Figure 1 Comparison of the chromosomes length (ungapped) between the v3.6.1 and the v4.0 genome assemblies.
In order to assess the level of completeness of the new assembly with respect to the gene content, we performed a BUSCO analysis. We obtained 94.8% of complete and 1.7% of fragmented BUSCOs at the genome level and a 91.1% of complete and 2.4% fragmented BUSCOs at the gene model level. The observed values are comparable to the ones reported in the v3.6.1 genome assembly, suggesting that the previous assembly has captured most of the gene information. To maintain gene models and names, the current annotation was transferred to the v4.0 PacBio assembly through a liftover process. We successfully moved 28,299 out of 29,980 gene models to the new genome assembly. The 5% (1,618) of transcripts that did not pass the MAKER's thresholds to define a proper gene model mainly consist of proteins with unknown function (651), transposons (79), and girdin-like proteins (39). In terms of distribution, about 22% of them (374) were from the unassembled contigs in Chr0. This failure could be due to the fact that part of these genes, especially those with unknown functions, may represent false or partial gene models in the previous genome annotation. The re-arrangements of some contigs in the new assembly may also be in part responsible of this discrepancy. A complete list of these genes is provided in Supplementary Table S3.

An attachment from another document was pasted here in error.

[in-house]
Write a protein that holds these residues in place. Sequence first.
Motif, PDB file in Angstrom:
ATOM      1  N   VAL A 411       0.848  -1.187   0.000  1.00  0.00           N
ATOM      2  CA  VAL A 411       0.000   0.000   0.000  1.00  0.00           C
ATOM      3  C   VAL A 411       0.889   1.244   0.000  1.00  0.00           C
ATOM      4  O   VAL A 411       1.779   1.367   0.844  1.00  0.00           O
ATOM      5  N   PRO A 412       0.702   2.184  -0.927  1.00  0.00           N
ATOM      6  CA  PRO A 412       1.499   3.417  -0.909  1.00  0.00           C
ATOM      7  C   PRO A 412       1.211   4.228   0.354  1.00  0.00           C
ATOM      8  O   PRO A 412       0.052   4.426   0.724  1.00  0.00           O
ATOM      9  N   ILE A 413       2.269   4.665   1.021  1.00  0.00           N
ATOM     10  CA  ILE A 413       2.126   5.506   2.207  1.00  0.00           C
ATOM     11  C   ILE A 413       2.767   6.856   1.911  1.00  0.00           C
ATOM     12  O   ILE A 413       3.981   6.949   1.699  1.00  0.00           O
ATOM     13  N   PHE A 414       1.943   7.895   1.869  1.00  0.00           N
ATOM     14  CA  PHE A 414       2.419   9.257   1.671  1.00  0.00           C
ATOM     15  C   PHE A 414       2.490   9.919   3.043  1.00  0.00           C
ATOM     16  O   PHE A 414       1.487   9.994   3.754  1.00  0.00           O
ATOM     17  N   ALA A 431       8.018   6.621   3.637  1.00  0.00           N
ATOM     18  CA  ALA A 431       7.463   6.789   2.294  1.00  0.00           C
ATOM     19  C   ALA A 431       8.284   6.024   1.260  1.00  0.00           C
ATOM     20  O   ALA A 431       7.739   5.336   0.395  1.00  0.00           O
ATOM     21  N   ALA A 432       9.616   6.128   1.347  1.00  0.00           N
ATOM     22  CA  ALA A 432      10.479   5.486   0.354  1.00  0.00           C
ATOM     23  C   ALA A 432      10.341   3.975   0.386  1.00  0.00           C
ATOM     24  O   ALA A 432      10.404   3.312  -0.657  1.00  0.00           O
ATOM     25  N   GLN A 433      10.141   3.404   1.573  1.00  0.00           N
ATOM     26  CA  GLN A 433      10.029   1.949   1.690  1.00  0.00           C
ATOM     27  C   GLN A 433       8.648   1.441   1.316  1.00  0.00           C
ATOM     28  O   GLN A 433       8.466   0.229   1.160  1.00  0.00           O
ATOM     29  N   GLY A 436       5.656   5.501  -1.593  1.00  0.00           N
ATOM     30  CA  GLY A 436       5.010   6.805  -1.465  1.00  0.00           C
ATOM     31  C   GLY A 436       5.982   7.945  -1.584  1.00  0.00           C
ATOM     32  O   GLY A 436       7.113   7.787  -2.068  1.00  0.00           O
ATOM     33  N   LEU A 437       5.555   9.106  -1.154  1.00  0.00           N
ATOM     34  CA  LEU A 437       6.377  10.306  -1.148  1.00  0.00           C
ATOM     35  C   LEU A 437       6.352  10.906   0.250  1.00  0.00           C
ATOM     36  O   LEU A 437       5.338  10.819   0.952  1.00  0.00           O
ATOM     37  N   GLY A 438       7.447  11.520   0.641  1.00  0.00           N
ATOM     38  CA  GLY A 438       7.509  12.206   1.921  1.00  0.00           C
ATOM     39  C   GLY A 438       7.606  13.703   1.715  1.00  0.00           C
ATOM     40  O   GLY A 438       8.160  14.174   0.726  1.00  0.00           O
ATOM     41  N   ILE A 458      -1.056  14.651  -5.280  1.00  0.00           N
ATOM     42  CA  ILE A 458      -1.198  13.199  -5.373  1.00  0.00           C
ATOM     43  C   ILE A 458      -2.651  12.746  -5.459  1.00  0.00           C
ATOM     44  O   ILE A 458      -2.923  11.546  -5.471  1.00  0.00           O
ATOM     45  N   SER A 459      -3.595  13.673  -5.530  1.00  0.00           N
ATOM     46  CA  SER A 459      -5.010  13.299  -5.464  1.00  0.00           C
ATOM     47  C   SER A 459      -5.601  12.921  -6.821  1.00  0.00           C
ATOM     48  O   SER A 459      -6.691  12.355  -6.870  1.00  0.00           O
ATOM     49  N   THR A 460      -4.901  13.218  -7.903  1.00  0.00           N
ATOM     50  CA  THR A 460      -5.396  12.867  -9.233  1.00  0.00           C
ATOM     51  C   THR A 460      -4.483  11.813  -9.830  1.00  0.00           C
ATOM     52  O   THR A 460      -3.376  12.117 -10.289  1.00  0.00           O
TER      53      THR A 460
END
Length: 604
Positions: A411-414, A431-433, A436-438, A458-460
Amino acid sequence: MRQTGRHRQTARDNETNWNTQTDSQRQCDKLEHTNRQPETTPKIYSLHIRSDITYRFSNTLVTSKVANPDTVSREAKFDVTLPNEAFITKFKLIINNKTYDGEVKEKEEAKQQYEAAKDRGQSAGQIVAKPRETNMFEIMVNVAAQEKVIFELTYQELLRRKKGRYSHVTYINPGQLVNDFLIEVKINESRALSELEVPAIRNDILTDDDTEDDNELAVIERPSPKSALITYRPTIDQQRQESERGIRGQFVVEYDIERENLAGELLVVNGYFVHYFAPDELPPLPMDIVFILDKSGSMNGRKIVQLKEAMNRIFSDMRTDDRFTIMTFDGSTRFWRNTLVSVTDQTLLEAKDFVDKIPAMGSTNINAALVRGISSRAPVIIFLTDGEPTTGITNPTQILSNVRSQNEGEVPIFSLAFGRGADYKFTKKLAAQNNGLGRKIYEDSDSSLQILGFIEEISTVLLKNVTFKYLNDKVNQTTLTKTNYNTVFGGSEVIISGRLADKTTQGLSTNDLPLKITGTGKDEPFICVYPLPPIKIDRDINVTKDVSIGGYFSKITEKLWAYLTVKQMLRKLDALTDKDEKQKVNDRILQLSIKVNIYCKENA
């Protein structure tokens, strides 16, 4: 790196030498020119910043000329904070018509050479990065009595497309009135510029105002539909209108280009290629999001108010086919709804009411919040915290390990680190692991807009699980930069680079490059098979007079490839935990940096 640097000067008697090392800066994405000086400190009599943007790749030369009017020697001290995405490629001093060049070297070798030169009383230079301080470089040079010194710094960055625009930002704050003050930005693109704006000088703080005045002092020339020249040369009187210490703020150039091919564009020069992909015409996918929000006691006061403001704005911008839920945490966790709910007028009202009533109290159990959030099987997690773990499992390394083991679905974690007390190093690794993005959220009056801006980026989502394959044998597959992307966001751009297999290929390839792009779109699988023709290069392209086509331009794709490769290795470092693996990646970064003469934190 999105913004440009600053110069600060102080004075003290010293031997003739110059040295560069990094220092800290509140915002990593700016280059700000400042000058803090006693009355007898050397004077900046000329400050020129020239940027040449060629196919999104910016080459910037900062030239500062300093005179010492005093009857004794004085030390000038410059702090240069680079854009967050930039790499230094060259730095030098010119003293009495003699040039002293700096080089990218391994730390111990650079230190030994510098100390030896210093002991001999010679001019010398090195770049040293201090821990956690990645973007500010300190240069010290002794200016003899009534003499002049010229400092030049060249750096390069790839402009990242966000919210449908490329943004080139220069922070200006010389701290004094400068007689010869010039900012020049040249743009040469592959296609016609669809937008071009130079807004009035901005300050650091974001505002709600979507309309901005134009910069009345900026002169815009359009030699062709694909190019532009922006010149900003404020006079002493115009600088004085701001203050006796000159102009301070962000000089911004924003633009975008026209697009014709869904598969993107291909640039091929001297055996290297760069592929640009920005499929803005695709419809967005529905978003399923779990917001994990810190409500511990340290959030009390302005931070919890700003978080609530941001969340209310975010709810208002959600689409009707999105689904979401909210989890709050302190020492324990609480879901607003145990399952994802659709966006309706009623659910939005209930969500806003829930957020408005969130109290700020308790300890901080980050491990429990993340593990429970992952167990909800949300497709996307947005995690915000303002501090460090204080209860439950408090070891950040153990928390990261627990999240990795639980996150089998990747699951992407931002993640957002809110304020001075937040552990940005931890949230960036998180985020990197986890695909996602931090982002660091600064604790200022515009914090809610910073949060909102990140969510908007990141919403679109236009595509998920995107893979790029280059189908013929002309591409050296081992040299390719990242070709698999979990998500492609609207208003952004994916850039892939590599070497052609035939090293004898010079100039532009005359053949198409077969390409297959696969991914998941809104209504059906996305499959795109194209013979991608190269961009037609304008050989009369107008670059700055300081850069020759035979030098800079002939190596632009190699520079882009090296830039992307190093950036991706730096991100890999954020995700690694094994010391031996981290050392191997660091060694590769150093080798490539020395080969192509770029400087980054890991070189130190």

Assembly v4.0 Captures a Larger Fraction of Repetitive Elements